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The Influence Of Gender On Perceptions Of Intelligence

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Past research has found that males estimate their own intelligence higher than females, and that in general, individuals estimate their father’s intelligence to be higher than their mothers. This study aimed to examine these gender differences in the perception of intelligence through a methodologically similar survey to Hogan’s (1978) study on IQ estimations, and found that females consistently estimate their IQ lower than males, and both males and females estimate their mother’s IQ lower than their father. This could be explained through the idea of gender-role stereotyping, perhaps indicating that despite societal progression towards gender equality, gender-role socialisation is still very much present in modern day society.

Perceptions of Intelligence

Traditional gender-roles stereotype males as intelligent, masculine breadwinners while this is not expected of females, who are labelled as intellectually inferior, and are expected to prioritise caring for their home and children over developing their intellect. The Cambridge Dictionary defines intelligence as ‘the ability to learn, understand, and make judgements or have opinions that are based on reason’. ‘Self-concept’ refers to an individual’s beliefs about themselves, including their attributes and ideas of who and what they are (Baumeister, 1999), and self-perception of intelligence is a key aspect of self-concept, in addition to how this compares to our perception of others’ intelligence.

Intelligence can be measured objectively using intelligence quotient (IQ) tests, a standardised measure that is used around the world. The UK national average IQ score is 100, with scores of 120 and above being classed as superior, and scores of 79 and below being classed as borderline. Gender-role stereotyping labelling men as intelligent may influence individuals’ self-concept of intelligence and their IQ levels, and much of past research seems to suggest that this is the case.

Torrance (1963) found that both males and females expected schoolboys to perform better on a science test, despite the schoolgirls performing just as well. This suggests that gender-role stereotypes impact perceptions of intelligence, regardless of evidence of actual intellectual ability.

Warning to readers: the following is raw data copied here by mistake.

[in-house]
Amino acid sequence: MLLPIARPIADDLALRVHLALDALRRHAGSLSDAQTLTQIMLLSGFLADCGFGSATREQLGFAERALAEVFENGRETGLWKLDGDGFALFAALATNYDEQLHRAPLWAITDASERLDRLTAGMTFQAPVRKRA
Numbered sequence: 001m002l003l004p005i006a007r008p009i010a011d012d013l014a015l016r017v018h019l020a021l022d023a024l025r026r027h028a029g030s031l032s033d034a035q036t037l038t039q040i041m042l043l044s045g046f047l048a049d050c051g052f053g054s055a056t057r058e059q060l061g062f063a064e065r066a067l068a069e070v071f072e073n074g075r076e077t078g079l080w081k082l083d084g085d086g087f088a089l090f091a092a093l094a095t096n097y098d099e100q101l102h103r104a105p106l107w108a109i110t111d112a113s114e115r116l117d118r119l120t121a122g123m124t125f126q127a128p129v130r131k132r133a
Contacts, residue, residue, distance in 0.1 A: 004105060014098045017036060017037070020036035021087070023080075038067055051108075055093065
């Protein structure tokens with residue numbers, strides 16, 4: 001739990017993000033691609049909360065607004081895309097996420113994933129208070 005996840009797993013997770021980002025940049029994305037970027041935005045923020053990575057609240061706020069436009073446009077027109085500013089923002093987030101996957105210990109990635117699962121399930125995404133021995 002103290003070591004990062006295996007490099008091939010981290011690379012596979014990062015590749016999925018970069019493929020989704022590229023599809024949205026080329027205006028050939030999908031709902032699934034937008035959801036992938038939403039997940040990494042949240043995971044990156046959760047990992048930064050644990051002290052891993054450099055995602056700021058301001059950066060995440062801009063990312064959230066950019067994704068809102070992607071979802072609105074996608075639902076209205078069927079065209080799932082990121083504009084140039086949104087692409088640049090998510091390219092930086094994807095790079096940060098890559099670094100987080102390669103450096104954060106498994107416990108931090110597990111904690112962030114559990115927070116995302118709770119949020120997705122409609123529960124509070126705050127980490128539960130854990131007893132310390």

This proposal is further supported by Petrides, Furnham and Martin (2004), who studied estimates for both Emotional and Psychometric Intelligence. These researchers found that men gave higher IQ estimates but lower EI (emotional intelligence) estimates than women, and, regardless of gender, all participants rated their fathers as higher on the IQ scale but lower on the EI scale as their mothers. This furthers the idea that gender stereotypes significantly impact our perceptions of intelligence.

In addition to this, Kelly and Smail (1986) found that boys were significantly more sex stereotyped than females, and, for both sexes a feminine self-image was linked to low academic achievement. This suggests that gender has a significant impact on academic achievement due to gender stereotyping, as boys stereotyped as masculine and therefore intelligent exceeded more academically than those stereotyped as feminine.

This study is a partial replication of Hogan’s 1978 study which found that men give higher estimates of their own IQ than women, while both genders estimate their father’s IQ as higher, but their mother’s IQ as lower, than their own.

Previous research, especially Hogan (1978) seems to indicate that gender has a significant impact on perceptions of intelligence, however, it could be argued that these findings are outdated in today’s progressive society, therefore the rationale for this study is to see if these perceptions still exist in modern day, where gender-role stereotyping is seemingly non-apparent.

The aim of this study is to see if gender has a significant impact on the perception of intelligence, both between-subjects, measuring differences in the estimation of participants own IQ between males and females, and within-subjects, measuring any difference in participants’ estimation of their own IQ, their mother’s IQ, and their father’s IQ.

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As a result of past research findings, in particular that of Petrides, Furnham and Martin (2004), I hypothesise the following: Hypothesis 1: males will estimate their own IQs higher than females; Hypothesis 2: participants will estimate their father’s IQ higher than their mother’s IQ; Hypothesis 3: participants will estimate their father’s IQ higher than their own IQ; Hypothesis 4: participants will estimate their mother’s IQ lower than their own IQ.


A mixed design was used. Within-subject design was used to measure individual’s perception of their parents’ intelligence while between-subject design was used to measure gender differences in participants’ self-perceptions of intelligence. The independent variable for within-subjects analysis was the participant’s IQ perception for different individuals, while the dependent variable was their IQ estimate. The independent design for between-subject analysis was gender, while the dependent variable was again IQ estimate. The study was conducted in an interview format, with fixed responses.